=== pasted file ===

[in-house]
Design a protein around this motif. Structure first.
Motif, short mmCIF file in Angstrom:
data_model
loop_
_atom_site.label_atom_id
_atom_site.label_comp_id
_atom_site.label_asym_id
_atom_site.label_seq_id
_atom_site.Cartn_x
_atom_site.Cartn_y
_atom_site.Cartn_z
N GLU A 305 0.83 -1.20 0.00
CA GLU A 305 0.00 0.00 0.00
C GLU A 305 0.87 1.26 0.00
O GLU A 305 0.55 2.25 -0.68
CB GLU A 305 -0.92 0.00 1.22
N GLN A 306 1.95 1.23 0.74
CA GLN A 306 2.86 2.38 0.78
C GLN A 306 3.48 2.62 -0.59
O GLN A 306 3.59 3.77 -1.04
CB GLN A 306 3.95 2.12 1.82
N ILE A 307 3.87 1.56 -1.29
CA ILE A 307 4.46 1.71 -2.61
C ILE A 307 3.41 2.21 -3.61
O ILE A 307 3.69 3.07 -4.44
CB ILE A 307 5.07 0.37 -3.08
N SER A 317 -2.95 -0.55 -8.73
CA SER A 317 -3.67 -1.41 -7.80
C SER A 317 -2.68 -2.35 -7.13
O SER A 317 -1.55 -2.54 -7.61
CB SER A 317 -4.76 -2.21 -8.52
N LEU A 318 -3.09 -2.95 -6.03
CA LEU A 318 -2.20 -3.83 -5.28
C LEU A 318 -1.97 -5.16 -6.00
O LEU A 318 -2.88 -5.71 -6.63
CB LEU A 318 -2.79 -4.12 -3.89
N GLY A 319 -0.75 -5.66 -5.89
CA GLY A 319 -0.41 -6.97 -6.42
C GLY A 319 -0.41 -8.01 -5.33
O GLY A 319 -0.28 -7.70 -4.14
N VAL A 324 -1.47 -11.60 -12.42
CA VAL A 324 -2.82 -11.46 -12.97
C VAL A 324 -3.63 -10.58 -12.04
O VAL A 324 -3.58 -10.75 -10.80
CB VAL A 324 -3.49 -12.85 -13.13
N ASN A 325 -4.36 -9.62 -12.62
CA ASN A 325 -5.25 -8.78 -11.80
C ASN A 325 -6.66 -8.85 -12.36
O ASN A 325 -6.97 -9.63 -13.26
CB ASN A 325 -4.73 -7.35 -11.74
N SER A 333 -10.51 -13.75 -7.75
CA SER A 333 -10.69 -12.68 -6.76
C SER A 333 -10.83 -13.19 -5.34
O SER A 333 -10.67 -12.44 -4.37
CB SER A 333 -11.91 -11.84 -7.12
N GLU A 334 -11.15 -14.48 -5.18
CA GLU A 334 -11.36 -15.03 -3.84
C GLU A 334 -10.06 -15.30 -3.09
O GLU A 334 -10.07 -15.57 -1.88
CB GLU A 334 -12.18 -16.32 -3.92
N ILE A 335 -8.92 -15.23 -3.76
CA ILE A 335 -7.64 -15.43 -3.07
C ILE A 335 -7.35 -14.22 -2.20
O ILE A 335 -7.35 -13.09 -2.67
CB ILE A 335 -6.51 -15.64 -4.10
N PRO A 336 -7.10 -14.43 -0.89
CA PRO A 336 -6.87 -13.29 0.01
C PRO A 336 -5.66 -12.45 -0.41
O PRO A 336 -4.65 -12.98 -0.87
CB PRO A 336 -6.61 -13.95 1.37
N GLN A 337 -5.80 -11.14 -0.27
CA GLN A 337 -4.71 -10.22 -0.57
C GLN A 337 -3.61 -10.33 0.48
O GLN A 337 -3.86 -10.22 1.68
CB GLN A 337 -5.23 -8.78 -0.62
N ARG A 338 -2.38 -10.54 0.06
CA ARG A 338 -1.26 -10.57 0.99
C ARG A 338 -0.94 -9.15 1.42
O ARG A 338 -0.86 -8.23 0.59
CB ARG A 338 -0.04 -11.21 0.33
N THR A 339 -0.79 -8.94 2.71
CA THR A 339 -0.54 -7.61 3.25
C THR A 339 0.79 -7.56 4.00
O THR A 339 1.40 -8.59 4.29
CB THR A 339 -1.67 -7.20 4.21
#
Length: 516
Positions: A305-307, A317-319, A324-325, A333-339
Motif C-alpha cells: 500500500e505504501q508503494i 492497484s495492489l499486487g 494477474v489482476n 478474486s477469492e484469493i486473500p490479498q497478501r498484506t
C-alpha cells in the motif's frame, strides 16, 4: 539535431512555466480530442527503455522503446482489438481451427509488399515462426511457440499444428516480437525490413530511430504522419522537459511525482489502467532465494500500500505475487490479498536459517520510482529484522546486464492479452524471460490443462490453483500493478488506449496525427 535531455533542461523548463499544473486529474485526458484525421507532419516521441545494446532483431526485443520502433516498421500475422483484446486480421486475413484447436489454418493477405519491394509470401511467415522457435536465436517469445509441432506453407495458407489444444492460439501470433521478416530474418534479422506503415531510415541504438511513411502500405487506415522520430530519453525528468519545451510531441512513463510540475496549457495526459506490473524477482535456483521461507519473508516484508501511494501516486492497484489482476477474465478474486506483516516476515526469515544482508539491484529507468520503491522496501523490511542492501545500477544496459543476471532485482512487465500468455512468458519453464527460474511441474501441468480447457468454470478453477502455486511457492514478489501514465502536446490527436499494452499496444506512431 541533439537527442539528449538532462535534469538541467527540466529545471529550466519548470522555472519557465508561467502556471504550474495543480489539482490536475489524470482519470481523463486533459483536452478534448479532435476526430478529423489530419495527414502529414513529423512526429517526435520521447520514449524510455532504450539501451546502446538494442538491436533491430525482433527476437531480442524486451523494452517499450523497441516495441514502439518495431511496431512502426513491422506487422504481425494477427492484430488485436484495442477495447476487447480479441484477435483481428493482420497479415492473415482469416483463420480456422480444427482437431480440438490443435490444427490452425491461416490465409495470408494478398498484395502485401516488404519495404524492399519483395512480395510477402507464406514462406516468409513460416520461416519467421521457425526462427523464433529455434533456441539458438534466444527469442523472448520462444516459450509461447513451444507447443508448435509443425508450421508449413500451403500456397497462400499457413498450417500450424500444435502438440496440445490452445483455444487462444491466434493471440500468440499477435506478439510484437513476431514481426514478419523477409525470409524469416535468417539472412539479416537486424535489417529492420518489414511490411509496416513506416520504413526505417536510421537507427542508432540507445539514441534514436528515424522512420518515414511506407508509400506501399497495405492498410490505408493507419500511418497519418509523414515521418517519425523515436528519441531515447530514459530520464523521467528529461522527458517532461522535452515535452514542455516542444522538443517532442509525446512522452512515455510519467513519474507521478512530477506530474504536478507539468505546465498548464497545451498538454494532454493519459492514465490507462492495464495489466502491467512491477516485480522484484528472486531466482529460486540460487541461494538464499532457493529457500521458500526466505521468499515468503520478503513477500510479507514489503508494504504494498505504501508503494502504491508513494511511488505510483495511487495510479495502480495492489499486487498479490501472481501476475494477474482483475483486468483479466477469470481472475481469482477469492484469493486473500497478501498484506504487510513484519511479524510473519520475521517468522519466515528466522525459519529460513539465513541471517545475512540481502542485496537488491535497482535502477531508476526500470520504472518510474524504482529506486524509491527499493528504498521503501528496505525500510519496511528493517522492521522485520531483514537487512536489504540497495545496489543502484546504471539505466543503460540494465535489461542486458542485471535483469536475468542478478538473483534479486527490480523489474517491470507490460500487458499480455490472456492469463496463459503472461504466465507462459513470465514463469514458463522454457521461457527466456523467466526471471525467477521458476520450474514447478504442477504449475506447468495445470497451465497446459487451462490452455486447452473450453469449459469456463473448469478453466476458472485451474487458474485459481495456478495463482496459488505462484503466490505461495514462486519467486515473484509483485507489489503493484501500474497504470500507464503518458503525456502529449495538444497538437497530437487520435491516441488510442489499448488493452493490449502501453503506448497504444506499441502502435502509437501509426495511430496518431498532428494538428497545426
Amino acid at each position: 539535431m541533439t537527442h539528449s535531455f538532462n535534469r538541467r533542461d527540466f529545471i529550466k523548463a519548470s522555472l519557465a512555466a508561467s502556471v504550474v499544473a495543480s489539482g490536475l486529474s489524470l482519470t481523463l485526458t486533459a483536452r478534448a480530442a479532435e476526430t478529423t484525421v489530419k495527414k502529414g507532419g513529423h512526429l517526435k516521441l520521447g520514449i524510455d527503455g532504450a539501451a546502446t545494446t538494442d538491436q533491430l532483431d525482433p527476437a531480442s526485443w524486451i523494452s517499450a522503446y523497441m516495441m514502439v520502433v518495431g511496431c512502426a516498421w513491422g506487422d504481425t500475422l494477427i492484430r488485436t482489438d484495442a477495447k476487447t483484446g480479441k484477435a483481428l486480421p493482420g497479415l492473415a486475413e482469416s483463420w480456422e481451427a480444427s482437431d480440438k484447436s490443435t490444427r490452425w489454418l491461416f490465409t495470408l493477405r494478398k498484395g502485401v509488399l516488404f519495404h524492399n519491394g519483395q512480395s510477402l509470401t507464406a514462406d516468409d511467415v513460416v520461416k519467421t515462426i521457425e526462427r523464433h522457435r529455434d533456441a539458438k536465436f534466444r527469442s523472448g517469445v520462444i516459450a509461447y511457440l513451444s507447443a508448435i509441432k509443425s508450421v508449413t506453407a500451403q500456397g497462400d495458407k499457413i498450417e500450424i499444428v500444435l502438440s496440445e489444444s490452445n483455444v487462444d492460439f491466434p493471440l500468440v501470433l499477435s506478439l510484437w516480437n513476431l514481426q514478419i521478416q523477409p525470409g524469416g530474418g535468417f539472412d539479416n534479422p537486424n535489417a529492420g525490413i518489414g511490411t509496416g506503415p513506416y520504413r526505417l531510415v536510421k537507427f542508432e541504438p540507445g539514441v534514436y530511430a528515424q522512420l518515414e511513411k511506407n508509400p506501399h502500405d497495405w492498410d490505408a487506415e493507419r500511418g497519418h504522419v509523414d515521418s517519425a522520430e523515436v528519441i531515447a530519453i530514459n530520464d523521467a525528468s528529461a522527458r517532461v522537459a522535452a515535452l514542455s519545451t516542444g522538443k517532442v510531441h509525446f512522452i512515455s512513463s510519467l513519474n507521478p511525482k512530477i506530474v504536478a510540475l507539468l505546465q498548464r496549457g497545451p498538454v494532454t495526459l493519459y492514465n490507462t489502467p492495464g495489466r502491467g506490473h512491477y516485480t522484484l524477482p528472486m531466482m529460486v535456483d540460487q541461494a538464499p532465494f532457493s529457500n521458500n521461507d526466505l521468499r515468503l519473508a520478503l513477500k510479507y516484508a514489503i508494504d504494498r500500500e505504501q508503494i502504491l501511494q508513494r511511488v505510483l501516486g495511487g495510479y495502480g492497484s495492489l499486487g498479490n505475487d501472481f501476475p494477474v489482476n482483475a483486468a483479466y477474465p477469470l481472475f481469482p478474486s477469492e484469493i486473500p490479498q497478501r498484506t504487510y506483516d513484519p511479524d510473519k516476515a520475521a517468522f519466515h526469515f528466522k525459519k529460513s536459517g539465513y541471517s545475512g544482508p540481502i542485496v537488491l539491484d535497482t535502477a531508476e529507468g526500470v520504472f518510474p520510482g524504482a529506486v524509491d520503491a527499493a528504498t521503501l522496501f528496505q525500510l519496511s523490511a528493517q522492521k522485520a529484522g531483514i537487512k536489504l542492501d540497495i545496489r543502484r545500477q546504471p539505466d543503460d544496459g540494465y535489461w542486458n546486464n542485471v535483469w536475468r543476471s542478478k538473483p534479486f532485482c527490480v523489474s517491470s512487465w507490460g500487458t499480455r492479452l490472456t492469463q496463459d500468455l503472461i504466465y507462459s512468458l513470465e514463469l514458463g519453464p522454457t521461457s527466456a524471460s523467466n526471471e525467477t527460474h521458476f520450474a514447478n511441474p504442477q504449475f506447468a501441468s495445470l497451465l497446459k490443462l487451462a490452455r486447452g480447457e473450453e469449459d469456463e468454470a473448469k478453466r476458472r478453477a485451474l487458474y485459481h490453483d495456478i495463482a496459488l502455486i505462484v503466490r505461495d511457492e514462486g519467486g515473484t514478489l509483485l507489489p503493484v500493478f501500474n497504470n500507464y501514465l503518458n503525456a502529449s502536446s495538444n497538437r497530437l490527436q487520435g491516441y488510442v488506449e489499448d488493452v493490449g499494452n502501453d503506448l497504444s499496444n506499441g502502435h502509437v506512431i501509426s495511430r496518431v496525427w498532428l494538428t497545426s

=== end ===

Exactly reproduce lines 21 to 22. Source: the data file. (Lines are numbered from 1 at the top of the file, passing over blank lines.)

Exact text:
O GLN A 306 3.59 3.77 -1.04
CB GLN A 306 3.95 2.12 1.82